Crazy 8s gets the job done fast and with many possible outcomes. And it gets everyone moving. It’s about quantity, not quality.
If you haven’t tried this with your team yet, do it! Tomorrow! The beauty of this technique is that it can be applied to a whole gamut of jobs. When I first learned about it, I loved its simplicity and was eager to try it out on the next opportunity. So next day at work, I proposed it to a colleague that was stuck thinking about new poses for a game character. And in the next 5 minutes, he had 8 new ideas. It works.
In fact, it works so well that I decided to apply it to this article. You can adapt the technique to help you on other aspects of your job that you feel are hindering you. This being my debut article, there was a lot of self judgment here. So, following the theme, I decided to Crazy 8 it. But with a few modifications — after all, writing the same text 8 times in a row seems a bit insane. I instead created a Mildly Crazy 4s. 10 minutes for each turn, 4 turns total. You couldn’t believe how bad the first article was. But after 4 iterations, I gathered my best ideas and put them together on what you are reading right now.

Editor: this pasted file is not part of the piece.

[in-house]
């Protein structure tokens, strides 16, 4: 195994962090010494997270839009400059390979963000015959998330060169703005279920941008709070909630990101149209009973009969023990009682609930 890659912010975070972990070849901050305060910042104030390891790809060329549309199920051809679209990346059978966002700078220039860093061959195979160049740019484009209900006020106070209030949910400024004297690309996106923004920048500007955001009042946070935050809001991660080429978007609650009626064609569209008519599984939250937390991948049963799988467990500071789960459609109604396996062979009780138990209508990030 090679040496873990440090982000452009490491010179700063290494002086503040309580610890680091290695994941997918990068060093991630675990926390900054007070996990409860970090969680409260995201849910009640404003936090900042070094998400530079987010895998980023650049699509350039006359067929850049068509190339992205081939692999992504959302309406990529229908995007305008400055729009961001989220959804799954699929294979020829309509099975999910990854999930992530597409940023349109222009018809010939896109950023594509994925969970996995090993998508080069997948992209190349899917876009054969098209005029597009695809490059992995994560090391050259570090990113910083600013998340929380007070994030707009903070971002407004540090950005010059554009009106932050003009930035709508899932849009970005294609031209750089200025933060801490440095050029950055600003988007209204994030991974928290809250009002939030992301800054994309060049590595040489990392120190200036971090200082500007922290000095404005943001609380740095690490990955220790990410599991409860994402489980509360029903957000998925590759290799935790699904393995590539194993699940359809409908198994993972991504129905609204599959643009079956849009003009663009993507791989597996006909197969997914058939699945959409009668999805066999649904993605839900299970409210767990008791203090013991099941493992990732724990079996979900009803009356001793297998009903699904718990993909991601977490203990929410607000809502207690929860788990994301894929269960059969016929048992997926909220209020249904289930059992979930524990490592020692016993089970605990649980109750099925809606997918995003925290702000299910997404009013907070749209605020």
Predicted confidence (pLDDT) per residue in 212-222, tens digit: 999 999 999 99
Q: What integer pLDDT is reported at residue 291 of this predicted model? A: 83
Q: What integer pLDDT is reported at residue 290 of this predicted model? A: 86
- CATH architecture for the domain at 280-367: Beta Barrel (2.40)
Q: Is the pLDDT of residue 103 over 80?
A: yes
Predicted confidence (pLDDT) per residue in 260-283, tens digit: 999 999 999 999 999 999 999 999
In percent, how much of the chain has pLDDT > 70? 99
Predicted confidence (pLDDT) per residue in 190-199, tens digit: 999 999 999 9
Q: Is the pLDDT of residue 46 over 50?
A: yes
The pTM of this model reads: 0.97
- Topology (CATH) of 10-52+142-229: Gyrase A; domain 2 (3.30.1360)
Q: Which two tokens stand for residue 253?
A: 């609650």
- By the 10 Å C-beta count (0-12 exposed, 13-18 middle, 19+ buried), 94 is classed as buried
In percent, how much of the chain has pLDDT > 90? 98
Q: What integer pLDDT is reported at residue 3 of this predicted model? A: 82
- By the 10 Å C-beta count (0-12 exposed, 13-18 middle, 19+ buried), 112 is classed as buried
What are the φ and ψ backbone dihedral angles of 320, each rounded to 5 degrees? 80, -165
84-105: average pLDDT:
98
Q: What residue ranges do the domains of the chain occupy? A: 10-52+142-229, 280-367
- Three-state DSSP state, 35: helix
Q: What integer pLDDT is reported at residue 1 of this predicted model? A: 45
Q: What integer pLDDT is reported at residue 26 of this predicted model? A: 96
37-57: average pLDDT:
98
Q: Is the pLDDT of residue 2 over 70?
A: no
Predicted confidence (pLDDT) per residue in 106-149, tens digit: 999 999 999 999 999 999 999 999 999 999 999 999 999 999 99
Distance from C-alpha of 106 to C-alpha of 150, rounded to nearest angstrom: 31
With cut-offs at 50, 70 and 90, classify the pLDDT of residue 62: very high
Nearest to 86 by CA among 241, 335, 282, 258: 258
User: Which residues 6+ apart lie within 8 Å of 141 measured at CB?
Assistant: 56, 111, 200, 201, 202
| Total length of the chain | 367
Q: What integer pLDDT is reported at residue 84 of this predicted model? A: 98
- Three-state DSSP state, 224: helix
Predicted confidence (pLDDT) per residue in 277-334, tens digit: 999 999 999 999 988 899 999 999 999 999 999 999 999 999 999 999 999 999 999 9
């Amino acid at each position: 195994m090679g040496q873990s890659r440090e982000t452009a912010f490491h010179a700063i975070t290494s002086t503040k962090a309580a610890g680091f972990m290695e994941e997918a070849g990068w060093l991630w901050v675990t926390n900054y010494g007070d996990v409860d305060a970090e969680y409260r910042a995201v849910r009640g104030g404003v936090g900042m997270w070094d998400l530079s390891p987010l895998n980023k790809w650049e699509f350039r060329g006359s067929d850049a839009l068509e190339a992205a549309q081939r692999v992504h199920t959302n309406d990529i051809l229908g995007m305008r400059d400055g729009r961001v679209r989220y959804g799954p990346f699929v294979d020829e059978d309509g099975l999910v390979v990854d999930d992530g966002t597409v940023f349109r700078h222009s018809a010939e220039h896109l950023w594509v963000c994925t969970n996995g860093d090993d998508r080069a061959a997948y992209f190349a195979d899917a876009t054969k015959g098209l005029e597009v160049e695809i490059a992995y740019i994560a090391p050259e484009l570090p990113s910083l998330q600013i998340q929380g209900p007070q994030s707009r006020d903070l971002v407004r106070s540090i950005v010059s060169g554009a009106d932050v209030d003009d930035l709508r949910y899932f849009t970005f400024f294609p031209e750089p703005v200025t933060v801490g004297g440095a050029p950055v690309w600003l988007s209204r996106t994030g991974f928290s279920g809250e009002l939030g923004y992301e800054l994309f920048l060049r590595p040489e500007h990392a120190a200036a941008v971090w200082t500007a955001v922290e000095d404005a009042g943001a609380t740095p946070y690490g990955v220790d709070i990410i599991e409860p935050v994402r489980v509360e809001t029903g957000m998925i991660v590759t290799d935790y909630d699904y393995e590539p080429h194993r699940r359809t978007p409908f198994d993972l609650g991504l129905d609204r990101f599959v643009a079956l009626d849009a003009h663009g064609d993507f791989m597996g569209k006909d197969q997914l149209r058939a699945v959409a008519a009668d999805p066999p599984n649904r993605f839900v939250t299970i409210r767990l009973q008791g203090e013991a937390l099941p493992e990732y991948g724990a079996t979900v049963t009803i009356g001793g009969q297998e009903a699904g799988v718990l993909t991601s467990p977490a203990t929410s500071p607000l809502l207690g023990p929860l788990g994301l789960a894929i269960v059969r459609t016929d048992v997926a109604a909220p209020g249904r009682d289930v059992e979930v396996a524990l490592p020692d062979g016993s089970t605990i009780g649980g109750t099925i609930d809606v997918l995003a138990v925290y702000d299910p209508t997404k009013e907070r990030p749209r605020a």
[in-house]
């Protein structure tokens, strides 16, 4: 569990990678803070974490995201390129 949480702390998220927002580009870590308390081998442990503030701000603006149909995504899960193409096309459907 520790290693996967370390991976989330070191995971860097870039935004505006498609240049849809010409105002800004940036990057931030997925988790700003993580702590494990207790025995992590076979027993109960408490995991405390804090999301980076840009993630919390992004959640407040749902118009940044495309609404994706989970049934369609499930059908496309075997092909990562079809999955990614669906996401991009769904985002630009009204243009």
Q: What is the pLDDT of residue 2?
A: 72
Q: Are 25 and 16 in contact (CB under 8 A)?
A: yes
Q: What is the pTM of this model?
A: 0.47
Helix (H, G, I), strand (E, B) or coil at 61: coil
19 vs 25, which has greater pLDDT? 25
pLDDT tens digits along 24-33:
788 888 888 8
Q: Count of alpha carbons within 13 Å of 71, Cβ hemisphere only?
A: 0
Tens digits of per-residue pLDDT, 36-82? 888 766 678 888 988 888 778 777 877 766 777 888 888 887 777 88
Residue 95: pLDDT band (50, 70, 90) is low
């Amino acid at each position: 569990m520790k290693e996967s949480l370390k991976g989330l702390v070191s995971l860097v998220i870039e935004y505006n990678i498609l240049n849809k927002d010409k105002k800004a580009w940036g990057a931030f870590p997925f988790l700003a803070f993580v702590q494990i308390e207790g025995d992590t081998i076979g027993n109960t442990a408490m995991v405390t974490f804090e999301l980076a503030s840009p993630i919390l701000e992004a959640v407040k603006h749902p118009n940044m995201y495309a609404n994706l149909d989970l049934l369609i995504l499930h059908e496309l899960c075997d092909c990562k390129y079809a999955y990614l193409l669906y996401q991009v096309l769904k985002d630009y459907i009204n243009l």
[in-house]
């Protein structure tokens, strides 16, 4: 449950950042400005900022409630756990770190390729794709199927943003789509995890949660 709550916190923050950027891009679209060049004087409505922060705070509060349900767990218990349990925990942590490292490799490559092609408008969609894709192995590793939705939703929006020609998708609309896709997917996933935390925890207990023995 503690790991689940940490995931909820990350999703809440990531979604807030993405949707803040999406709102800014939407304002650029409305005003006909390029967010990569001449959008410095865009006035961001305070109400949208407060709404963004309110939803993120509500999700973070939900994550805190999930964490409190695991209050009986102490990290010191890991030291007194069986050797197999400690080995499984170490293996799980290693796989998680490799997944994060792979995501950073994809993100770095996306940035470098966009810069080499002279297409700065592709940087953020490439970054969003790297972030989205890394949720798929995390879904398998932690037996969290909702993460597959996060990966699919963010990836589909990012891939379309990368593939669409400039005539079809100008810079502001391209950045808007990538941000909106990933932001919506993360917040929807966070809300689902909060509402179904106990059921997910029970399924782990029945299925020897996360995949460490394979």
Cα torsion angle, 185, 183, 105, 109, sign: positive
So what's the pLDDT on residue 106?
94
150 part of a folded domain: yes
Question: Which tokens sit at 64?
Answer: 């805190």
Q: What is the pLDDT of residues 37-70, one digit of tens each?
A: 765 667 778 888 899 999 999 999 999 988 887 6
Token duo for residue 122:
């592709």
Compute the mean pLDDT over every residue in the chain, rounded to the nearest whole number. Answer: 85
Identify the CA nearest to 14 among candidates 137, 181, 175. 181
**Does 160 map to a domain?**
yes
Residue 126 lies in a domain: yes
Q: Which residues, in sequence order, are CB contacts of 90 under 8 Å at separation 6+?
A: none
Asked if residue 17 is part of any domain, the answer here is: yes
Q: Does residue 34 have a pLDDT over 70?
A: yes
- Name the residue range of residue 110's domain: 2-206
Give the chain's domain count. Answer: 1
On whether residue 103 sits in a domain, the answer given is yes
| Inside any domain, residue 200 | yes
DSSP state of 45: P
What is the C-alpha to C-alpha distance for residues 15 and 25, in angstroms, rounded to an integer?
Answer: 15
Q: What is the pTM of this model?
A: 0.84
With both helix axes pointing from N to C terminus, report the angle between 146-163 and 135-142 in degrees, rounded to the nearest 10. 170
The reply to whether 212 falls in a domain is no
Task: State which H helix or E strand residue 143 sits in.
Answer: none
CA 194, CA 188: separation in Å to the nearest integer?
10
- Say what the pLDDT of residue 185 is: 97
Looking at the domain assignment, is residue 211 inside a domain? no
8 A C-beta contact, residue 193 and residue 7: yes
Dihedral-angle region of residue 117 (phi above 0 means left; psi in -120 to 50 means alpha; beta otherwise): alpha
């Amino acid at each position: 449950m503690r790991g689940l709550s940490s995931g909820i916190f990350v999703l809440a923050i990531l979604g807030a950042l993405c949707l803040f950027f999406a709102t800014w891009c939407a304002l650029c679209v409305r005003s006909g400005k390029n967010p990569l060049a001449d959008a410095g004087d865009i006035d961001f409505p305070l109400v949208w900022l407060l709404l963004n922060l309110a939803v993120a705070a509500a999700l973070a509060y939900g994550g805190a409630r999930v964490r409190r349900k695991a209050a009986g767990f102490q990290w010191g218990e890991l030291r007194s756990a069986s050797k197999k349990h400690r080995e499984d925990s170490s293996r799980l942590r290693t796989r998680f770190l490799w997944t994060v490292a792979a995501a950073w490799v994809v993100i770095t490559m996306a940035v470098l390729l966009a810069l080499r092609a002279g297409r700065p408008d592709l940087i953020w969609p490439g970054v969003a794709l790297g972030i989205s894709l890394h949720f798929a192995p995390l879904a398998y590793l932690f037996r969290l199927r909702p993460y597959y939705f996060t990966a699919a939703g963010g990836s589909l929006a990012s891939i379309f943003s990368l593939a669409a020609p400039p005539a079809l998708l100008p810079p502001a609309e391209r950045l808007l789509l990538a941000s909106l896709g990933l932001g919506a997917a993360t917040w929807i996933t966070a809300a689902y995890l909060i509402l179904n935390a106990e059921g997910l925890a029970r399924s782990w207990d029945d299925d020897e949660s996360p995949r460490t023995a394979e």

So next time you are feeling stuck, no matter what you are doing, remember to get some people together to help you out and use the pressure of time to force your next best ideas out!
If you like this article, please recommend it! I really appreciate it.